Lucid Culture

JAZZ, CLASSICAL MUSIC AND THE ARTS IN NEW YORK CITY

Guitar Fetish Photos at the Morrison Hotel Gallery

Photographer Jonathan Singer’s current exhibit at the Morrison Hotel Gallery in the old CBs Gallery space at 313 Bowery positions the guitar as lurid fetish object. It’s hardly a new concept, but he takes it to the next level. At the celebrity-packed opening last week, Duke Levine’s twangy noir instrumentals played in the background as the crowd ogled the dark-shadowed, Rembrandt-esque portraits – that’s how much dignity Singer accords these instruments. Most of them owned by famous rockers at one time or another, they’re worth literally millions of dollars: viewing this show is sort of the equivalent of a stroll through the most choice goodies at a specialty dealer like Retrofret. Taken out of context, the guitars themselves show their age, whether the worn-down frets on a late 50s Telecaster, the cracked veneer on the oldest mandolins and acoustics or the faded patina of a 1930s National Steel model.

As expected, most of the show comprises early models of iconic models: Telecasters, Strats, Gibsons and Gretsches, one of the most stunningly beautiful being Chet Atkins’ personal Gretsch with Bigsby tremolo bar and matching amp. But the most mouth-watering shots, unsurprisingly, depict the rarest models. A handful of National electric mandolins, a circle of vintage 1950s Kays, a Kustom, a trio of Elkos with their tone buttons shimmering in the low light, and a posse of Fender Jaguars all lend their dangerous curves to an atmosphere dripping with desire. There are also three acoustics hand-painted by Annie Haslam, whose lushly shapeshifting aquamarine landscapes make perfect sense in light of her decades-long career leading anthemic art-rockers Renaissance. The photo exhibit is destined for the Smithsonian, but signed, limited edition prints are available from the gallery. It’s currently showing in two locations, the gallery’s Bowery branch and 116 Prince St. location in SoHo, through mid-March.

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February 14, 2011 Posted by | Art, photography, review, Reviews | , , , , , , , , , , , | 2 Comments

Concert Review: Renaissance at Rockefeller Park, NYC 6/23/10

Some will find this hubristic, but this is the best edition of Renaissance yet – including the original 1969 lineup. Unlike a lot of their art-rock contemporaries during their seventies heyday, Renaissance opted for drama and majesty over any overwhelming sense of angst or wrenching intensity. Downtown tonight under a starless sky and a welcome sea breeze, they made every one of their fifty power-packed minutes count. Annie Haslam wasn’t even in the original band – she replaced the late, great Keith Relf – but throughout her time in the group she’s made a lot of people forget that. And she’s still got that awe-inspiring five-octave range. Other singers use all kinds of technology to disguise their flaws – not Haslam, and that made itself known not because she backed off from the demanding arrangements of the original recordings, but from the occasional slight imperfection. That she can still deliver those stratospheric notes, even if sometimes more gently than she did 35 years ago, is extraordinary. Not that Haslam would ever subject herself to the indignity of Eurovision or American Idol, but at age 63, she’d still win either one in a heartbeat.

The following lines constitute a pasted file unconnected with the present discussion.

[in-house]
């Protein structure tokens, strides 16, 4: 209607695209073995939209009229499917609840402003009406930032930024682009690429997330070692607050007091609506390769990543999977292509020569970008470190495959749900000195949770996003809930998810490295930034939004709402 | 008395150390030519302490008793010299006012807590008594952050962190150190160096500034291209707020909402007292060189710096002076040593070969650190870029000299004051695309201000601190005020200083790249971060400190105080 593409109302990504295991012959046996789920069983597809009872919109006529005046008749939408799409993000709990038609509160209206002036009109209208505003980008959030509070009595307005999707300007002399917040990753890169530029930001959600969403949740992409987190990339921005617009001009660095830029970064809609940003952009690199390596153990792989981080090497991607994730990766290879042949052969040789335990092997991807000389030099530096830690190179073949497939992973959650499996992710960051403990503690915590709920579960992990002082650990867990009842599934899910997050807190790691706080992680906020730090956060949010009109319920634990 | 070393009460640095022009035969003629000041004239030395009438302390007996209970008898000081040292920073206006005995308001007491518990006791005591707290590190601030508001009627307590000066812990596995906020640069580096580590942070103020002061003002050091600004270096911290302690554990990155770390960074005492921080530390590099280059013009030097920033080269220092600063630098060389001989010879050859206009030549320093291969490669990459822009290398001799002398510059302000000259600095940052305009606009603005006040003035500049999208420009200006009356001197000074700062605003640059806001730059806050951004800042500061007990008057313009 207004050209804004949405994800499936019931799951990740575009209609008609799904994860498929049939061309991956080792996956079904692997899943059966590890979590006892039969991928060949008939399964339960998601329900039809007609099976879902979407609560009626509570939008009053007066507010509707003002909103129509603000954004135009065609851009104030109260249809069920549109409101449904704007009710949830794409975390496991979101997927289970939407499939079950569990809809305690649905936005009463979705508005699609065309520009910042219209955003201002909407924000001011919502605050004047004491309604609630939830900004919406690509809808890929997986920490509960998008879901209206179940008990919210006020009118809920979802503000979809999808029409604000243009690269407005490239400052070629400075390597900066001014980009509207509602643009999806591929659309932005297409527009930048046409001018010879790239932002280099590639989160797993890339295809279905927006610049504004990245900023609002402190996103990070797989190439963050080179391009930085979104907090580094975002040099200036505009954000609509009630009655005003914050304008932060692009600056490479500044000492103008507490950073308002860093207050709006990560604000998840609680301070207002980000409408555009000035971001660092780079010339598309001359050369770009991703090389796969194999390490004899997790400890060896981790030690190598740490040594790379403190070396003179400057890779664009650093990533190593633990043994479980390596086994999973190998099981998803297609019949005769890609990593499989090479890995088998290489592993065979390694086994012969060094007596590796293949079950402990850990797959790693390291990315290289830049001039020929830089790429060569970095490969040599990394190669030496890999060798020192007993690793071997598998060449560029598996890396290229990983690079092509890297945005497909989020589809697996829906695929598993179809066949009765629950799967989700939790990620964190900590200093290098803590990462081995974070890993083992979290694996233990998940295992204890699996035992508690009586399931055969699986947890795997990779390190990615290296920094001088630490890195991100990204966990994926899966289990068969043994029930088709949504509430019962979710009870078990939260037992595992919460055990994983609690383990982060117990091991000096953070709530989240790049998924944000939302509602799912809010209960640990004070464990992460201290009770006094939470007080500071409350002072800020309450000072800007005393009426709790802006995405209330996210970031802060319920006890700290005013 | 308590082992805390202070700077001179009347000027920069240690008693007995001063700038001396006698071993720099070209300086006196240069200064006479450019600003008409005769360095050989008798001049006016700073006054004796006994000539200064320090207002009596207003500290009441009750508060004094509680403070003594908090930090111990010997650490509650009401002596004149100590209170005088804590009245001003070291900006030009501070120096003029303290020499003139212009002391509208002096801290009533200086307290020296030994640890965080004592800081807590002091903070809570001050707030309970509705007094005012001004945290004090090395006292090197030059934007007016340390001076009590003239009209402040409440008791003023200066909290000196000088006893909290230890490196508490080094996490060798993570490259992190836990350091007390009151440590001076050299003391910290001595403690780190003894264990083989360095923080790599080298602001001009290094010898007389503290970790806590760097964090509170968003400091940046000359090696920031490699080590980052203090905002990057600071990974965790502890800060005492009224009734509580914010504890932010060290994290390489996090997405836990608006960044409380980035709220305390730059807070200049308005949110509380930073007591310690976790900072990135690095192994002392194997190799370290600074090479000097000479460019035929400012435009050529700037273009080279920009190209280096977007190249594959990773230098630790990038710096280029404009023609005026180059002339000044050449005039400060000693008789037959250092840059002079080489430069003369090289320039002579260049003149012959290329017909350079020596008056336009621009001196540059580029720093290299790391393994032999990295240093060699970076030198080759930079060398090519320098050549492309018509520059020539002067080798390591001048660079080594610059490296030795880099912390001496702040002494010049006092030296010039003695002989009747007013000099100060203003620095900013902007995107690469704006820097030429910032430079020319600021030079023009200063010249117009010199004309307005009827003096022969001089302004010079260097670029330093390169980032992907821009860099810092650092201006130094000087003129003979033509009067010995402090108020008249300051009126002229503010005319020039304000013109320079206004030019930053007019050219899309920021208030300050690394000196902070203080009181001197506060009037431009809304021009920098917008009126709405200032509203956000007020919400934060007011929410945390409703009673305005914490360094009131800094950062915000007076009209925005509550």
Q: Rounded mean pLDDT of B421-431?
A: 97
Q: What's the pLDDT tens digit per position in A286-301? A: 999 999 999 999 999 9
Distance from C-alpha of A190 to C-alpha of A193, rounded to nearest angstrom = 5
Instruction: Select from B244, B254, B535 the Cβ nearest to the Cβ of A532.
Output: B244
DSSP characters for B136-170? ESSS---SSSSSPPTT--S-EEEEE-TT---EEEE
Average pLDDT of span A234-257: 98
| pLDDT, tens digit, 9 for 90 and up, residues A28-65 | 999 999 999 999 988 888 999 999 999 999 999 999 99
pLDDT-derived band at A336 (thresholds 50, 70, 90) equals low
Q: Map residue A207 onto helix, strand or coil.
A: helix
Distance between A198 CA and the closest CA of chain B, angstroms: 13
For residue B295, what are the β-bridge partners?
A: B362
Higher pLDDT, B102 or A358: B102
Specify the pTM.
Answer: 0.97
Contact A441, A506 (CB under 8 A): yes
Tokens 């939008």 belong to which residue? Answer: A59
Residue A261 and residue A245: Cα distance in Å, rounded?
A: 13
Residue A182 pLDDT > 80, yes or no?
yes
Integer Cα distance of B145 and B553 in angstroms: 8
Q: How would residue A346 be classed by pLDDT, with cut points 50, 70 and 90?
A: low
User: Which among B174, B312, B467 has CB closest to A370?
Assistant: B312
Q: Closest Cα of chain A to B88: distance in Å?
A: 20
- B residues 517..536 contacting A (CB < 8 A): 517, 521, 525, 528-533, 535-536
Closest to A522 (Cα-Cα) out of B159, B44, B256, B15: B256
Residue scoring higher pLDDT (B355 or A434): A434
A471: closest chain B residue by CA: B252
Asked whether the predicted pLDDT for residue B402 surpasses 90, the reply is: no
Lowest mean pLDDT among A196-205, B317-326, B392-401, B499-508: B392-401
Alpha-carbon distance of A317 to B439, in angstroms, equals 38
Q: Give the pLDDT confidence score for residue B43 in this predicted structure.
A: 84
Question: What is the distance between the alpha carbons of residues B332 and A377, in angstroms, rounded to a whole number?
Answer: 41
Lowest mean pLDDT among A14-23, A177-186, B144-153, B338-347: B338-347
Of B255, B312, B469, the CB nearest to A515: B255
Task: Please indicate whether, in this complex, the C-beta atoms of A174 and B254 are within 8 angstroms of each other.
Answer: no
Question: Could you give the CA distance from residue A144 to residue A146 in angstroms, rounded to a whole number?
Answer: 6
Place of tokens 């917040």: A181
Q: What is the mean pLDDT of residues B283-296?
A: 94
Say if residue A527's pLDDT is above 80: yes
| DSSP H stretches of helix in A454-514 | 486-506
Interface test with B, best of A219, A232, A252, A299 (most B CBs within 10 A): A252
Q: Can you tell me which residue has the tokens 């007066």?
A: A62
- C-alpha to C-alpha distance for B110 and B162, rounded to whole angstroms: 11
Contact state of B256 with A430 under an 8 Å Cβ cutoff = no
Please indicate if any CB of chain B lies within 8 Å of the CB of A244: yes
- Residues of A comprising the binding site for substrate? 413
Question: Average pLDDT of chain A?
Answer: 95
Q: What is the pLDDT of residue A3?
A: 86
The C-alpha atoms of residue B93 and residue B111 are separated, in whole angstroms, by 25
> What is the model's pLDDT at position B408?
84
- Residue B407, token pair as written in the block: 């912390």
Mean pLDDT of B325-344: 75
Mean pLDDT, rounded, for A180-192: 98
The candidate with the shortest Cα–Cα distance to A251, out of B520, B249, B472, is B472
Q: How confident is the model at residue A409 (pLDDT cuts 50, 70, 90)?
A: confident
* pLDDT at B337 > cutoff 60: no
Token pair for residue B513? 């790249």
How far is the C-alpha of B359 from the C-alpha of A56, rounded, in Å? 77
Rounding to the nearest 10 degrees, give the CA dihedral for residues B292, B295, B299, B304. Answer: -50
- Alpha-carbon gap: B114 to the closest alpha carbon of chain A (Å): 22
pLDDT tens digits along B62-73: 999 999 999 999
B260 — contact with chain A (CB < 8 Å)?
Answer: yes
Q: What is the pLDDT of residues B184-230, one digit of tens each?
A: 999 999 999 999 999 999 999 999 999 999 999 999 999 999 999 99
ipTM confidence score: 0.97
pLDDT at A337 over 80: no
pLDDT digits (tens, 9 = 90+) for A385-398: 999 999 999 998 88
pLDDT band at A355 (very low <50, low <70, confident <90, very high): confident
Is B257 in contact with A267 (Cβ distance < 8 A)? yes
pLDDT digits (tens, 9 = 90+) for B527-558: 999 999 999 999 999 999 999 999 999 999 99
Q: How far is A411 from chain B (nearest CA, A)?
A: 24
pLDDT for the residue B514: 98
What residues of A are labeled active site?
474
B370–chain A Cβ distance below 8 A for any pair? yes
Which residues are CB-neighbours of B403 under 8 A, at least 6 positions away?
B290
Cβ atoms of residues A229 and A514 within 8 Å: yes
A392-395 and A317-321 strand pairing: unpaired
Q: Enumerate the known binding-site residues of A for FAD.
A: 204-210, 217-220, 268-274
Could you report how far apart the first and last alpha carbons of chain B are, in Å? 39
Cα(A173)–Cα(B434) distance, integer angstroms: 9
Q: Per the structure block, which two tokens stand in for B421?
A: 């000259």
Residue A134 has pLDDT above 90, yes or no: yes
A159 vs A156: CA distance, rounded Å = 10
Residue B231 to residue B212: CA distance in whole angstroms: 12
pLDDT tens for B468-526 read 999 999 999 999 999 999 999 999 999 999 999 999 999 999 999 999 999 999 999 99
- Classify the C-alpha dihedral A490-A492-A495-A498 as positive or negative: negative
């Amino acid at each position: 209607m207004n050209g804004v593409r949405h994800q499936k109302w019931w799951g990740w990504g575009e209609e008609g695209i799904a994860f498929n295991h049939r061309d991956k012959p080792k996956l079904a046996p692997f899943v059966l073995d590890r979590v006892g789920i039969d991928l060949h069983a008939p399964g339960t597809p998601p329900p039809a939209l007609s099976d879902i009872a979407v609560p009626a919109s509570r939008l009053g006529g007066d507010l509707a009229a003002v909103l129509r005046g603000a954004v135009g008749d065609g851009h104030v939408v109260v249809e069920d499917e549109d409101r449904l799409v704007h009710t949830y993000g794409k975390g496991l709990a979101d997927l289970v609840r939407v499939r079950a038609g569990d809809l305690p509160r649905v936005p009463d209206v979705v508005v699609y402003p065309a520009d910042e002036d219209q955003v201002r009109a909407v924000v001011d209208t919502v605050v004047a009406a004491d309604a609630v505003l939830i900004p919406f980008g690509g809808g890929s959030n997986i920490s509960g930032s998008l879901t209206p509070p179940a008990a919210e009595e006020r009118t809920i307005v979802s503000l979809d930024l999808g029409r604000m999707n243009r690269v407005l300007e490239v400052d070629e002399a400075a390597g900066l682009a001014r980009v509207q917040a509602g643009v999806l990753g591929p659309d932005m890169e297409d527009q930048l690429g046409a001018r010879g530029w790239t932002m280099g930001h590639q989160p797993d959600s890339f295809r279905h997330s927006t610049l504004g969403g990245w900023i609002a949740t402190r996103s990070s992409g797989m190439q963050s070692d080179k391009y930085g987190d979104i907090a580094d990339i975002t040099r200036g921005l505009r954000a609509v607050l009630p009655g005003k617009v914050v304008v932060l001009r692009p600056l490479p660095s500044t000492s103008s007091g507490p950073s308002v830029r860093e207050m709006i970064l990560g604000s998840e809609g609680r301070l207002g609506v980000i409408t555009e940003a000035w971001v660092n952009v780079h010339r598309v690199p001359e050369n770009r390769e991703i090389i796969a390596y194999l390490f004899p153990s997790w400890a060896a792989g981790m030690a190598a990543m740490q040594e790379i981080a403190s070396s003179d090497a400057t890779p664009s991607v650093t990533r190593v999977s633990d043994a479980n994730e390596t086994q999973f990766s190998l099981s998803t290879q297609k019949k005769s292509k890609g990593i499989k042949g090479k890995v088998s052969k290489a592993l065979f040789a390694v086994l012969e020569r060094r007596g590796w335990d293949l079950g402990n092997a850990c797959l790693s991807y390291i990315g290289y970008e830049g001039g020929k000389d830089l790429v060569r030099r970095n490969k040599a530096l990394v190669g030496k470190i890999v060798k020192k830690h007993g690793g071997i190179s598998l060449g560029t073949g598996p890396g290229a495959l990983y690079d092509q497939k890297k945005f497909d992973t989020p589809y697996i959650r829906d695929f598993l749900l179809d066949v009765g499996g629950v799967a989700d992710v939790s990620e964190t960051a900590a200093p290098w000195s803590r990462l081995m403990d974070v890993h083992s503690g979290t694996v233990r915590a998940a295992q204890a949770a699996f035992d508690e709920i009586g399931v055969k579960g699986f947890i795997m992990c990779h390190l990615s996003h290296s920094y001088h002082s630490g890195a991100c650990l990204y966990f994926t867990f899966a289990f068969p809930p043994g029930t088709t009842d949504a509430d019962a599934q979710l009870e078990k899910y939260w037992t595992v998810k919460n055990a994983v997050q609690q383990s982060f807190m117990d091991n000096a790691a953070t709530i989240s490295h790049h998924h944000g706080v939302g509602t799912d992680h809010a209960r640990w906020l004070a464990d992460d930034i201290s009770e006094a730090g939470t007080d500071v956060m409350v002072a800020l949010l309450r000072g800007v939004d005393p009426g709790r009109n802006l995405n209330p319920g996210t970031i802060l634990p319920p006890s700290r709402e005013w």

The rest of the band played with passion and precision. Haslam’s longtime collaborator Michael Dunford’s acoustic guitar was too low in the mix most of the time, but when he was audible he was jangly and inspiring, while the two keyboardists, Rave Tesar and Tom Brislin matched piano to sweeping synthesizer orchestration. New bassist David J. Keyes was nothing short of brilliant, firing his way nimbly through a thorny series of changes, using a bristly, trebly tone much like Mo Moore would do with Nektar. Drummer Frank Pagano, a guy with a solid, four-on-the-floor rep from his work with Willie Nile and the Fab Faux, really opened some eyes with his spot-on, boomy and joyously orchestral attack on a big kit. From the first few notes of vocalese on the ornate, Romantically-imbued instrumental Prologue, Haslam held the surprisingly young (that word is relative) audience rapt – one can only wonder how many, relaxing on the lawn, were only now getting to see the band for the first time. Carpet of the Sun was a pleasant, artsy pop hit on record: live, the band emphasized its sweeps and swells, particularly the occasional Middle Eastern allusion (a device that would recur several times, to welcome effect). Strikingly, the best song of the night was a new one, a marvelously suspenseful epic, The Mystic and the Muse (to be released on a forthcoming ep of all-new material), a feast of spine-tingling vocals, a series of distantly Blue Oyster Cult-ish galloping crescendos and a perfectly powerful ending from Haslam.

Like the rest of the first crop of art-rockers, Renaissance were not opposed to pilfering a classical motif or two, most obviously on Running Hard, which makes a rock song out of the theme from the great French composer Jehan Alain’s Litanies. It’s hard enough to do on the organ and must be even more so on piano, but Renaissance’s keyboardist nailed it with staccato abandon. They went out on a high note with the epic Mother Russia, a seamless suite of themes closer to Tschaikovsky than Shostakovich, ending with Haslam belting out a long, low note (low for her at least – D next to middle C?), fearless and unwavering. What’s impossible for most of us still seems easy for her. The rest of the North American tour schedule is here.

June 23, 2010 Posted by | concert, Live Events, Music, music, concert, New York City, review, Reviews, rock music | , , , , , , , , , , , , , , , , , , , , , , , , , , , , , , , , , , , , , , , , , , , , , , , , , | 1 Comment